The first widely publicized protest by active duty soldiers against the war happened in 1966. Dennis Mora, JJ Johnson and David Samas refused to ship out for Vietnam. They had been training together at Fort Hood in Texas.

The men had decided the war against the North Vietnamese was an extension of unjust racial and political conditions at home.

The Fort Hood Three, as they came to be known, were found guilty of insubordination and sentenced to three years in prison.

Army privates Dennis Mora, James "JJ" Johnson, and David Samas hold a press conference announcing their refusal to fight in Vietnam War. June 30, 1966. Finer/Memorial University of Newfoundland
JJ Johnson Kate Ellis | APM Reports

"It finally began to dawn on me that this whole concept of national liberation, independence, self-determination, hey, those are things that maybe we should have here in the United States, never mind Vietnam. And that we didn't have self-determination. We didn't have our full rights. Our democracy was fatally flawed. And that the Cold War had been, had been a tool, a weapon, to not only stifle and weaken democracy, but especially to weaken poor people, working people, and people of color."

March led by the newly-formed VVAW in 1967. Vietnam Veterans Against the War

Jan Barry enlisted in the Army in 1962 because he dreamed of going to the U.S. Military Academy at West Point.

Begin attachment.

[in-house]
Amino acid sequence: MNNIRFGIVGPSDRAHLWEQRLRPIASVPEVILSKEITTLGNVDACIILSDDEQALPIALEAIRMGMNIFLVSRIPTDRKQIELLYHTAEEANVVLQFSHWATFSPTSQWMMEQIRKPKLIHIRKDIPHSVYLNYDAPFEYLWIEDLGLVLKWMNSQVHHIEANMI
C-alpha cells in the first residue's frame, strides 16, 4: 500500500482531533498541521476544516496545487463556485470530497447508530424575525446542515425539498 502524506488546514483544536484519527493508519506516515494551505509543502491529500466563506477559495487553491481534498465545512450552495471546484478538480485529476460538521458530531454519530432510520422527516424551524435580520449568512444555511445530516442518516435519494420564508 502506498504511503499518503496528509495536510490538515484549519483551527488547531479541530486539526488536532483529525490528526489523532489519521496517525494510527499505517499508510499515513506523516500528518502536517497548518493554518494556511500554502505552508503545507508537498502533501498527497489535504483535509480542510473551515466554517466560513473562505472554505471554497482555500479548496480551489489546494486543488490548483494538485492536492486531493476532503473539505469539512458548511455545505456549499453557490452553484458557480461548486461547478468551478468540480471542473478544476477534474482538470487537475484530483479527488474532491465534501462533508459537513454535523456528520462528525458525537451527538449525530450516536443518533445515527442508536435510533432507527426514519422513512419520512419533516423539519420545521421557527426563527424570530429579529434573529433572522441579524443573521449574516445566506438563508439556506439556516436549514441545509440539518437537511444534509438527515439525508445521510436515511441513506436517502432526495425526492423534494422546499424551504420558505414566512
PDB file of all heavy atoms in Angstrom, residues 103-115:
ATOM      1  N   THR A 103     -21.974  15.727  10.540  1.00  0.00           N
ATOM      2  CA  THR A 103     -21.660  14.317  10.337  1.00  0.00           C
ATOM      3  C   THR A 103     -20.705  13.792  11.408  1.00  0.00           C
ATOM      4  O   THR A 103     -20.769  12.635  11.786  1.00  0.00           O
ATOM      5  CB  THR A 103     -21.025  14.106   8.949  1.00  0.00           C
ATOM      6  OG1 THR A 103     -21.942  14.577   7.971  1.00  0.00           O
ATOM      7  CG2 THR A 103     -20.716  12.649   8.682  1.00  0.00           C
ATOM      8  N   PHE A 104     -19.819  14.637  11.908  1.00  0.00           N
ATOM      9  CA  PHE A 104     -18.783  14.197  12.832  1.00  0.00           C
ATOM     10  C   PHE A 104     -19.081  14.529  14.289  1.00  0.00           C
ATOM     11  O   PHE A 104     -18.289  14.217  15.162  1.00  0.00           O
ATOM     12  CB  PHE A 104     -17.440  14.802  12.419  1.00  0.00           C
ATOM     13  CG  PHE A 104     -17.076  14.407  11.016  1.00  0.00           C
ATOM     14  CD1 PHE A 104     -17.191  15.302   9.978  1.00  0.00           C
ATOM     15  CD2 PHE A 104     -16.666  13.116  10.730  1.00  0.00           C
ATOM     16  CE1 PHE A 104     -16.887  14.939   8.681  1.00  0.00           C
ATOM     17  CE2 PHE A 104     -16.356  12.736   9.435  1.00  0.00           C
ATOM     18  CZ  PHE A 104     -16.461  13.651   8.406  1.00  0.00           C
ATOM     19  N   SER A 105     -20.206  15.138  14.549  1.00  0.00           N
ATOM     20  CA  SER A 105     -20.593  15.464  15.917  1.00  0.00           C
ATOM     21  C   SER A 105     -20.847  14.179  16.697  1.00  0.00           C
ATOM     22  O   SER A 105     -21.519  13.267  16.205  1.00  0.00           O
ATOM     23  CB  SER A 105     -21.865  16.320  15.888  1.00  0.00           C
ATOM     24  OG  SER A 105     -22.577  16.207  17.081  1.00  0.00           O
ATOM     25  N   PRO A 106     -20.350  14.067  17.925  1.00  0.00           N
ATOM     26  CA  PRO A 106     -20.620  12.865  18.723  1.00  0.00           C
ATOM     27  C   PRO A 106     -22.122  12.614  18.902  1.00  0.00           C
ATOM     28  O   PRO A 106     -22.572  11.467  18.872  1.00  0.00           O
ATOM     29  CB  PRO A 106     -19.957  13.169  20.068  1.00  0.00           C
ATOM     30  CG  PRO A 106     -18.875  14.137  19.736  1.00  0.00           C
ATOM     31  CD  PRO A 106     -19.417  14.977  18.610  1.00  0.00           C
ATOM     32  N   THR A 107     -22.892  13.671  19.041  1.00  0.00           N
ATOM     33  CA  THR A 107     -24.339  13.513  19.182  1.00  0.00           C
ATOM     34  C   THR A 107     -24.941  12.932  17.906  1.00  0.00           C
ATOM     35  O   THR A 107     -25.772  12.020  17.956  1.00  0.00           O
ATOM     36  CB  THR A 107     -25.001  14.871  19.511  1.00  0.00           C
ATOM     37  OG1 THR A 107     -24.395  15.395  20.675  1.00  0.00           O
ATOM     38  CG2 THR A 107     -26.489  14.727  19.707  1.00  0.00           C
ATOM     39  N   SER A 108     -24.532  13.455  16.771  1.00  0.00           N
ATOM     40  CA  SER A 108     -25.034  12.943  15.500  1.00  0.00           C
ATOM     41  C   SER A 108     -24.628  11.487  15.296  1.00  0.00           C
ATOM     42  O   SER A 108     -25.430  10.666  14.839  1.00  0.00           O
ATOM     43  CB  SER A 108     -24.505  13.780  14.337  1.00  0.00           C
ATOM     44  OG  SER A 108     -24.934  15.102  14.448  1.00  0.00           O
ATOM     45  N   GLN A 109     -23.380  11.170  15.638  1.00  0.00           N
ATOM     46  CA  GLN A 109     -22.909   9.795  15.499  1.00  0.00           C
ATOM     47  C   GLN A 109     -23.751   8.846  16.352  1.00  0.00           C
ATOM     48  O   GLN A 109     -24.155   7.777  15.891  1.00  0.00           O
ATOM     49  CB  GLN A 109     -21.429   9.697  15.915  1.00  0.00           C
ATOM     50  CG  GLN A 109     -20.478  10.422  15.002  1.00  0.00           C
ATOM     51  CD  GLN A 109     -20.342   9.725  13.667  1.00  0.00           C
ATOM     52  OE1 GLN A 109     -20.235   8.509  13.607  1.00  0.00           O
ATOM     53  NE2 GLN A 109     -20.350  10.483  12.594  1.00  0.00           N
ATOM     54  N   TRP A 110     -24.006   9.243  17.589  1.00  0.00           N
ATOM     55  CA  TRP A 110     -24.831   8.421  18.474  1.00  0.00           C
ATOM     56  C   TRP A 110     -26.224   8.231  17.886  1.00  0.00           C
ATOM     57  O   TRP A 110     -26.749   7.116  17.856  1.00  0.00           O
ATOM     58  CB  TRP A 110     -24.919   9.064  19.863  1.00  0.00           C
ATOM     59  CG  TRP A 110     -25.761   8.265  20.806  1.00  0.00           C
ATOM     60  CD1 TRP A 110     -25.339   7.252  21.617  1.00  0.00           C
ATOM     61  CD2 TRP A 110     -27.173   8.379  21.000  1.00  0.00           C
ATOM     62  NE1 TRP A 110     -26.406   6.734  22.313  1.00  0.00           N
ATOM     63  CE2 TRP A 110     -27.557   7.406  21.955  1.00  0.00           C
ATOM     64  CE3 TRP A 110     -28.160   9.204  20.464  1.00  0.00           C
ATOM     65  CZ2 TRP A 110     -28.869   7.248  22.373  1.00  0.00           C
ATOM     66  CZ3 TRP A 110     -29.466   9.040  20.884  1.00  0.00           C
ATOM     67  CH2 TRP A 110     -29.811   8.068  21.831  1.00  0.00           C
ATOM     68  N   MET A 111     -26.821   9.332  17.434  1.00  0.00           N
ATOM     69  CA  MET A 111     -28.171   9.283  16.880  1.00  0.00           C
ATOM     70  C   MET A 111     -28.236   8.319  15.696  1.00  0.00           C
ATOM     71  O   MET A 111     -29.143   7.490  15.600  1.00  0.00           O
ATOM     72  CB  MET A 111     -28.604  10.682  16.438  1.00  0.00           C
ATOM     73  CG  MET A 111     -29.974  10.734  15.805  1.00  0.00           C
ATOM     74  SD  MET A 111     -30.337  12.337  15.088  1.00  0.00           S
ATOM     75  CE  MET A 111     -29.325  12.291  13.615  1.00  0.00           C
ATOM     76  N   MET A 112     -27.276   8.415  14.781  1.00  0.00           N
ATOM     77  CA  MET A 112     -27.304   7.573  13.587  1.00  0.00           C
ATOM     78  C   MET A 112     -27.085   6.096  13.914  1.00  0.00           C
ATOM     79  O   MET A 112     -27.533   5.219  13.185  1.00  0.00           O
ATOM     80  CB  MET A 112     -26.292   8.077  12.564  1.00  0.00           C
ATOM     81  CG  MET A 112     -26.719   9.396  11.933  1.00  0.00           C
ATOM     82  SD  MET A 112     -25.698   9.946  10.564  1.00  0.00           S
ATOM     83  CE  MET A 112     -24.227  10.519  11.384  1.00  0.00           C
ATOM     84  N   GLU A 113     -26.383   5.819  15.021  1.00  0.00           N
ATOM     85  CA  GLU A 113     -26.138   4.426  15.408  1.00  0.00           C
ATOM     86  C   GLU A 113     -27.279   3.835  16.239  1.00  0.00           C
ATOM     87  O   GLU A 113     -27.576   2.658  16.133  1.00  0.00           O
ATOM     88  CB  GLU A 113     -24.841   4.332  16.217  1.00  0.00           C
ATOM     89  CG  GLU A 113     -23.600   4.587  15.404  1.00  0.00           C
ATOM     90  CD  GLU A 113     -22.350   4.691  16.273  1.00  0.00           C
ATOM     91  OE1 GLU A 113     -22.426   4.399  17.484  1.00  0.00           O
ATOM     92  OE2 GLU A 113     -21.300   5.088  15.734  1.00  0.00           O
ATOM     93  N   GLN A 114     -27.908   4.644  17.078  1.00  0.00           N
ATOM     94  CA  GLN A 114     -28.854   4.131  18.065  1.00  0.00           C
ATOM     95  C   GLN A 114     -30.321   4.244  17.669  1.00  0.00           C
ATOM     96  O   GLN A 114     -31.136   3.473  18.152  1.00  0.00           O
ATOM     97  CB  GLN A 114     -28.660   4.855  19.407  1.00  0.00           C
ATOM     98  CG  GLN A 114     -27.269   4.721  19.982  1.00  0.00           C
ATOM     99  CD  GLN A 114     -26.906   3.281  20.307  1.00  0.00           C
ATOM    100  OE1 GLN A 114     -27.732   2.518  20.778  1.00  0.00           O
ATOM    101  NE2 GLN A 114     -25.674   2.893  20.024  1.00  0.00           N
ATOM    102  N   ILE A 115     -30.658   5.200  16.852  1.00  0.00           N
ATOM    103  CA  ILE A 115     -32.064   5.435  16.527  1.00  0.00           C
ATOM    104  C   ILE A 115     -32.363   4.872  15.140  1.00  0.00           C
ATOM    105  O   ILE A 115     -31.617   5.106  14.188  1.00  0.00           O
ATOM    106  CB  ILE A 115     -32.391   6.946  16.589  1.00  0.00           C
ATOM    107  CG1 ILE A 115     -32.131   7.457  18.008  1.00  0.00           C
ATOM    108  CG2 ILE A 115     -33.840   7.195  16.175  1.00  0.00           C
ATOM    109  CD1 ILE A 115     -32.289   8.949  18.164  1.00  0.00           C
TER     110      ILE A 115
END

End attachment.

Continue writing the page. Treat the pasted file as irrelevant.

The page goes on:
He served for nearly a year as a military adviser in Vietnam. From the outset, Barry was skeptical about America's presence there. Later, when U.S. combat troops were sent to fight and America's involvement in the war escalated, Barry grew increasingly alarmed.

In 1967, he attended his first peace rally, in New York City. Soon after, he founded Vietnam Veterans Against the War with a handful of other veterans. VVAW would grow to become one of the largest and most influential veteran anti-war groups.

Jan Barry Stephen Smith | APM Reports

"Just in front of us were some dignitaries — I didn't know who any of them were — and in front of them was a marine in full-dress blues carrying an American flag. And then we stepped out into people hollering and screaming; construction workers threatening or throwing some things. And then this great big huge block of veterans came marching along and this crowd noise just changed like, 'Wow, what are these veterans doing with these peaceniks?' And I thought, 'This is where I want to be.'"

In January 1968, the North Vietnamese and their Viet Cong allies launched a wave of surprise attacks in cities and villages across the South on the Vietnamese New Year of Tet. It became known as the Tet Offensive.

For many Americans — in the military and among civilians back home — the success of the attacks led them to doubt that the United States could win the war.

U.S. Marines rest after a battle in Hue, South Vietnam, during the Tet Offensive. STR | AP
Marine Bill Ehrhart in Vietnam. Submitted photo

"What it did was put the lie to everything the Johnson administration had been saying about what's happening in Vietnam and the progress we are making. And from that point on, it became perfectly obvious that the only thing left to be determined was how long the United States would stay before we finally packed up and went home."

Barry Romo was eager to fight communists in Vietnam but, from the beginning, there were things about the war that troubled him. He identified as a Chicano, and he saw a deep strain of racism in the military.